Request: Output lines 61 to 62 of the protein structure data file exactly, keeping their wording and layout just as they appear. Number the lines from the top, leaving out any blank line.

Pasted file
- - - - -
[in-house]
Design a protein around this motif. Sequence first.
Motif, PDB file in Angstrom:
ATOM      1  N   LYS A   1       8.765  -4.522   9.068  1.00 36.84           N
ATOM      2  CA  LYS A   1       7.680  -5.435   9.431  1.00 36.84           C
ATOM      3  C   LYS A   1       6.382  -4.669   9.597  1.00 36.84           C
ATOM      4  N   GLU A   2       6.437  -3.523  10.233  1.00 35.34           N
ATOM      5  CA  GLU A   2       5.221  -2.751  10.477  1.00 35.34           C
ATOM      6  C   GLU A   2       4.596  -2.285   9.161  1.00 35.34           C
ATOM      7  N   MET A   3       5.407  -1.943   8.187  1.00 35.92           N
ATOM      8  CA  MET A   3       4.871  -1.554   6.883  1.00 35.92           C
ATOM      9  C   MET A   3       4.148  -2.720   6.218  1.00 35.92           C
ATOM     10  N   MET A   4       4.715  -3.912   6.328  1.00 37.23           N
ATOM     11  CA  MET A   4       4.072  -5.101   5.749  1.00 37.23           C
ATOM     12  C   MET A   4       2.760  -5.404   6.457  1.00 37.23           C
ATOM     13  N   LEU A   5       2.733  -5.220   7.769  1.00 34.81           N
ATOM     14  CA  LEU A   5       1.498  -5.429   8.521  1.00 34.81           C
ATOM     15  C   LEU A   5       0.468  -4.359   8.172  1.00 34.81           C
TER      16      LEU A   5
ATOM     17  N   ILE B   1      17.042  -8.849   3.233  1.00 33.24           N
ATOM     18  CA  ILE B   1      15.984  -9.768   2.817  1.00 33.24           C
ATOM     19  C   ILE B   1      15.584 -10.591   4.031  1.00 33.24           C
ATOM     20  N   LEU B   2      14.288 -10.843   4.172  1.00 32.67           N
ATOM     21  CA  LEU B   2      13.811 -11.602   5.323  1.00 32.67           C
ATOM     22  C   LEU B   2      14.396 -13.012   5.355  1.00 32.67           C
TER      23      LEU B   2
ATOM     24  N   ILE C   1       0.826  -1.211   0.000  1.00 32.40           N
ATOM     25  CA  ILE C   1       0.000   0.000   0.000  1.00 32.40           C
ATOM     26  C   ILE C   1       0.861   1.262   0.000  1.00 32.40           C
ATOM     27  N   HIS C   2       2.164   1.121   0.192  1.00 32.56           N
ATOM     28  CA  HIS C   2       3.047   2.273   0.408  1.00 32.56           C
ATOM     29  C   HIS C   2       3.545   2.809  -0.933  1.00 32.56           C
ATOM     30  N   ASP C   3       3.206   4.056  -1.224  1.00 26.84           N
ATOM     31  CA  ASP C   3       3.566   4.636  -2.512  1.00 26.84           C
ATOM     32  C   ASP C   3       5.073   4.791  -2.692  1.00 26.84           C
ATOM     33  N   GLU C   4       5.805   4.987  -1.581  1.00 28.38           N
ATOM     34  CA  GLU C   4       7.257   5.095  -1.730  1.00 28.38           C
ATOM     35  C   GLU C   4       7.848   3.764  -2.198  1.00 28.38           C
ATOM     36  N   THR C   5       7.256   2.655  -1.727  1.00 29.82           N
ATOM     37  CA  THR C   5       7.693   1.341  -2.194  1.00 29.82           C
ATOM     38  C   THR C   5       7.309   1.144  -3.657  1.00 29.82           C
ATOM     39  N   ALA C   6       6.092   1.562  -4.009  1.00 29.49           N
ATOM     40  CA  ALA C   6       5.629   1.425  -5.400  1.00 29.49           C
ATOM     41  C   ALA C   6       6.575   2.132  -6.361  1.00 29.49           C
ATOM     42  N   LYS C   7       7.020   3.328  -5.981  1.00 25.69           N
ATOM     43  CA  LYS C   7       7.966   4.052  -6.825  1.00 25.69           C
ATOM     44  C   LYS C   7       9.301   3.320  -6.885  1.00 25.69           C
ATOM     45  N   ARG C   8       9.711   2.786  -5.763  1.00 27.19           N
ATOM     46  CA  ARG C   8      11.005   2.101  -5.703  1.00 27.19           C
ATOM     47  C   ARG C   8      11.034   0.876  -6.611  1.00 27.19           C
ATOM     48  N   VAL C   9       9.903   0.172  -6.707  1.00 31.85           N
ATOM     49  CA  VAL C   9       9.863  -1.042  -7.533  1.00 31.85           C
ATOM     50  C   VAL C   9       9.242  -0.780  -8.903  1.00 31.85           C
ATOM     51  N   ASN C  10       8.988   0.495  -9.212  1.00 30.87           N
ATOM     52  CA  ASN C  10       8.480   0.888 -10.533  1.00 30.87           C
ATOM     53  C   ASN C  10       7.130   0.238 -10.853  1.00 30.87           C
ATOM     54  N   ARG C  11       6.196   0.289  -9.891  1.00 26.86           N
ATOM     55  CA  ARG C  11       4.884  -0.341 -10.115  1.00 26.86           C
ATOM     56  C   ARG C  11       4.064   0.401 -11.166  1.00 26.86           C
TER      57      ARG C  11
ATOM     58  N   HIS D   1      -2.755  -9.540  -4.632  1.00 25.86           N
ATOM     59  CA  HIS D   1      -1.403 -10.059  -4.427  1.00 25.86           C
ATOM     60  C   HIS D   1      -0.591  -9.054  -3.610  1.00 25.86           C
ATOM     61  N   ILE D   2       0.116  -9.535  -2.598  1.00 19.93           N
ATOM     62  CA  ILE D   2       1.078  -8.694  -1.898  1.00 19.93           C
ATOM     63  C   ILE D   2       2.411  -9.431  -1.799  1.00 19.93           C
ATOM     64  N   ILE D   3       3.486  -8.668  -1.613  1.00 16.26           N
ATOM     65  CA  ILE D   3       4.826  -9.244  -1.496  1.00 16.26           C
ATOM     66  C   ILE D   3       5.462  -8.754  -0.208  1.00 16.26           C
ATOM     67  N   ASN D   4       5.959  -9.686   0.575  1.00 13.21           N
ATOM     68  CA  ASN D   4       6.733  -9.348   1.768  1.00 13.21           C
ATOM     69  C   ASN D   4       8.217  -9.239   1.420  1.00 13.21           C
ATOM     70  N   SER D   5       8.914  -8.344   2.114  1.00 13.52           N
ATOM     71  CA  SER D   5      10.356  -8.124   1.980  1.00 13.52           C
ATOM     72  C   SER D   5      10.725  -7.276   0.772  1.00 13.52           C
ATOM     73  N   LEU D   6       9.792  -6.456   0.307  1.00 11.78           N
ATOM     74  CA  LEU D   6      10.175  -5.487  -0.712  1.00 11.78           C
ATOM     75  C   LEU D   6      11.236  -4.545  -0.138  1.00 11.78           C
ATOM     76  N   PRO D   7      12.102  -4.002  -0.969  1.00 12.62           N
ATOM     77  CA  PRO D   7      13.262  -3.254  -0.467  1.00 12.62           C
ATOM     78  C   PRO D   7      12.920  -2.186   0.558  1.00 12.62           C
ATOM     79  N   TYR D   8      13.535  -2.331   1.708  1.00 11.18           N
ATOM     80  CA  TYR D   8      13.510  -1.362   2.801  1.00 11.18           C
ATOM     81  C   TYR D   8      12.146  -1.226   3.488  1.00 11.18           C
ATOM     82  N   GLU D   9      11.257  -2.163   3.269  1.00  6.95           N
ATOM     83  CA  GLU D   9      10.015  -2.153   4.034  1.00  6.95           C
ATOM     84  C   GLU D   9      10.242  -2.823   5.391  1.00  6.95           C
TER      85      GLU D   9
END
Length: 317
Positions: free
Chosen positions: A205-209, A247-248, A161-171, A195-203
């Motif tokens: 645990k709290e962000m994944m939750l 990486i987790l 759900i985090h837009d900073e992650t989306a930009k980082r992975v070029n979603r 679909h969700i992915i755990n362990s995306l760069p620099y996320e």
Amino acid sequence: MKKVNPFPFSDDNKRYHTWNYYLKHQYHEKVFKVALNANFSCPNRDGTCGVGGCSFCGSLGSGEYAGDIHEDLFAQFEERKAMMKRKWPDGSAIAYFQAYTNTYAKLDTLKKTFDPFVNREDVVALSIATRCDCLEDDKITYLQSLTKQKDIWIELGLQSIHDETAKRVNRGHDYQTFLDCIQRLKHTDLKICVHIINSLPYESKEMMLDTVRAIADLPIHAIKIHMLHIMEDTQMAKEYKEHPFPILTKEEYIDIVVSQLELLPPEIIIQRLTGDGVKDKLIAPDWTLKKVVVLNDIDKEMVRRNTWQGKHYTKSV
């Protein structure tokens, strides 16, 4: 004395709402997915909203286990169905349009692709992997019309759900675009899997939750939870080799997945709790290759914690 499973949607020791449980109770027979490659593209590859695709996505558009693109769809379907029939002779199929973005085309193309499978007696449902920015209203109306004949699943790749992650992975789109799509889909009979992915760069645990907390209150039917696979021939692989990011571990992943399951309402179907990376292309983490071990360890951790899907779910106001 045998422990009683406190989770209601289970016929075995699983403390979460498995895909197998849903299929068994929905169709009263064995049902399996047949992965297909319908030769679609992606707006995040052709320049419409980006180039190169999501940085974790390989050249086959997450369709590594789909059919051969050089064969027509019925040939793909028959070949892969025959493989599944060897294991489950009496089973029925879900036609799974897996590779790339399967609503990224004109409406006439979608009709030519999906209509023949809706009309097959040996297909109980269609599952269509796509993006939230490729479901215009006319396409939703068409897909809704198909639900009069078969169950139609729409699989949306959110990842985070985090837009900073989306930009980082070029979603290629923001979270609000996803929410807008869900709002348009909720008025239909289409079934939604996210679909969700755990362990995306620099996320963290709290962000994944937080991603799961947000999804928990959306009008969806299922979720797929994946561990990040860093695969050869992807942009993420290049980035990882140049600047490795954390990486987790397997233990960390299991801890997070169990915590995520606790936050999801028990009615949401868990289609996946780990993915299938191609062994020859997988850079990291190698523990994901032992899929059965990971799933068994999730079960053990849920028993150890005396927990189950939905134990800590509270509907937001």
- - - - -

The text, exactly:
ATOM     58  N   HIS D   1      -2.755  -9.540  -4.632  1.00 25.86           N
ATOM     59  CA  HIS D   1      -1.403 -10.059  -4.427  1.00 25.86           C